3 Sources of Hope for Nature Amidst Coronavirus
Written by: Caitlin
Published: 1st April 2020
With everything that is going on in the world right now, it’s hard not to feel overwhelmed. COVID-19 has already had a massive impact on humanity, not just in terms of our health, but also economically and socially. In these tough times it is important to focus on positives, and as passionate conservationists we are cheered to see signs of hope that nature could have a chance of recovering, if we can learn lessons from the current situation.
Around the world, we have seen strict lockdown rules and travel bans introduced. We know that this has not been easy for anyone, but seeing how nature has responded so far to the lack of human interaction has opened our eyes to how spectacular mother nature can be and how this could impact the planet in the long term.
We’re sure you have all seen images of dolphins swimming through what was claimed to be Venice’s canals, a story that has since been debunked, as these beautiful creatures were actually spotted in Sardinia almost 500 miles away. And although nature is unlikely to recover as quickly as these images may lead us to believe, there have been positive signs of change in the natural world that represent hope for nature:
Habitats Are Being Given the Chance to Recover
While the dolphins in Venetian canals may have been a stretch of the imagination, the ecosystems in the canals in Venice have been thriving in this time of relative quiet.
In a typical year, there are normally upwards of 20 million tourists visiting Venice. But with no large cruise ships, no stripe clad gondoliers powering their gondolas through the canals, and only a few locals stopping for a bite to eat at the Rialto market, the waters are now crystal clear.
Schools of fish can now be seen swimming through the city, and ducks and cormorants have returned to try their luck at catching them. Normally, all of the boat traffic through the waterways results in the muddy brown waters we are used to seeing photos of (or have seen in real life, if you’re lucky enough to have visited). However, the outbreak of the virus and subsequent lockdown in Italy has allowed the canal beds to settle and the underwater ecosystems to thrive.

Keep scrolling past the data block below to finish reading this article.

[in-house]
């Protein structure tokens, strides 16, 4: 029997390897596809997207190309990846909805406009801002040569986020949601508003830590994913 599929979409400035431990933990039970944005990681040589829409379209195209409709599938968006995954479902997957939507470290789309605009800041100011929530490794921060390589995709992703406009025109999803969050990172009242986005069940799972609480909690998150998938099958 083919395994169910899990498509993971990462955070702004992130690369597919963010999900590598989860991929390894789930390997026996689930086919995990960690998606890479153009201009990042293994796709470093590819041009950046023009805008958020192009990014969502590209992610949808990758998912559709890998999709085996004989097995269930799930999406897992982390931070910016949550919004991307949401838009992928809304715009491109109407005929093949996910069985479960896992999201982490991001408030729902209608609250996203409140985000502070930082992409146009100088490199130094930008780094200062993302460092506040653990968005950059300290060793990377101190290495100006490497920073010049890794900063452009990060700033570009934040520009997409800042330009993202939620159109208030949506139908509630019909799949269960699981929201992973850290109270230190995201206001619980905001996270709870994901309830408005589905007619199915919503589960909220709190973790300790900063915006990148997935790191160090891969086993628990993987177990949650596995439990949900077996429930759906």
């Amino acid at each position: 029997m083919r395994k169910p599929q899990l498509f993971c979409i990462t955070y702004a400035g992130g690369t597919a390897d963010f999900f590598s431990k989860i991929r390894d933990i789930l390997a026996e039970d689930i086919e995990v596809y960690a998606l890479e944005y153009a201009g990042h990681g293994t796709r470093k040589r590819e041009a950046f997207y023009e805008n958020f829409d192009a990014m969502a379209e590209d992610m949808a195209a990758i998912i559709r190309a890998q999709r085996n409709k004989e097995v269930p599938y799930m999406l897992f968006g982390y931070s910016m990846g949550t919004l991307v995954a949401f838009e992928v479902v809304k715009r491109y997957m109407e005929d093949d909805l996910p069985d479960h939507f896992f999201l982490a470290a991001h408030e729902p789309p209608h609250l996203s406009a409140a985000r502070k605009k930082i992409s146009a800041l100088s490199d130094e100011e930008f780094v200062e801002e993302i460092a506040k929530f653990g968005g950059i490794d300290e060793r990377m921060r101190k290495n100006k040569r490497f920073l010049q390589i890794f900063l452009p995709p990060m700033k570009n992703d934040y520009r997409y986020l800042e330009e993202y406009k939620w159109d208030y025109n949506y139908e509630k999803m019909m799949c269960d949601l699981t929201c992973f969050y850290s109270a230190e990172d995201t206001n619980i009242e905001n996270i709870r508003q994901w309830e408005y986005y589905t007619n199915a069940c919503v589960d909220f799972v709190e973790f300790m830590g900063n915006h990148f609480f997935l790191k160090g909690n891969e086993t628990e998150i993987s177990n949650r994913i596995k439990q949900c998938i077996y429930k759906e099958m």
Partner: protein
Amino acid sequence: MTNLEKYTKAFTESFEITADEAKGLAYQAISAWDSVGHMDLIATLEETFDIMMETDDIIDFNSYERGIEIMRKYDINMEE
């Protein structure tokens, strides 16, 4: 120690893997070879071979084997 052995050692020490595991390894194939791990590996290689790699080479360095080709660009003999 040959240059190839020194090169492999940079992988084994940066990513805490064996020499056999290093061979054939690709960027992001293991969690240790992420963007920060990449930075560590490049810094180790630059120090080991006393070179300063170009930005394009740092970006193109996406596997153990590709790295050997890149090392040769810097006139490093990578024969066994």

Conservationists across the UK have also noticed a change in the behaviour of certain species. For example, oystercatchers were spotted nesting on usually busy beaches and moles were seen appearing above ground in search of worms near popular footpaths. These animals and birds are being given the chance to search for food, to breed, and to give birth in relative safety, where they will not be distressed, and this can only help these species grow and thrive.
Habitats around the world that are normally disturbed by human activity, are being given the chance to recover and replenish and that is an amazing sight!
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A Drop in Pollution Levels
Perhaps the most obvious improvement is the drastic drop in levels of pollution throughout the world, due to planes being grounded and less cars on the roads. Readings from the European Space Agency (ESA)’s Sentinel-5P satellite highlight the dramatic reduction in nitrogen dioxide (NO2), one of the main contributors to air pollution, which can cause respiratory problems for both humans and wildlife.
The decrease in nitrogen dioxide levels is directly linked to the decrease in pollutants from cars, planes, and other industries which have ground to a halt in recent weeks. You can see what the drop in pollution levels looks like in other countries, including the UK, here.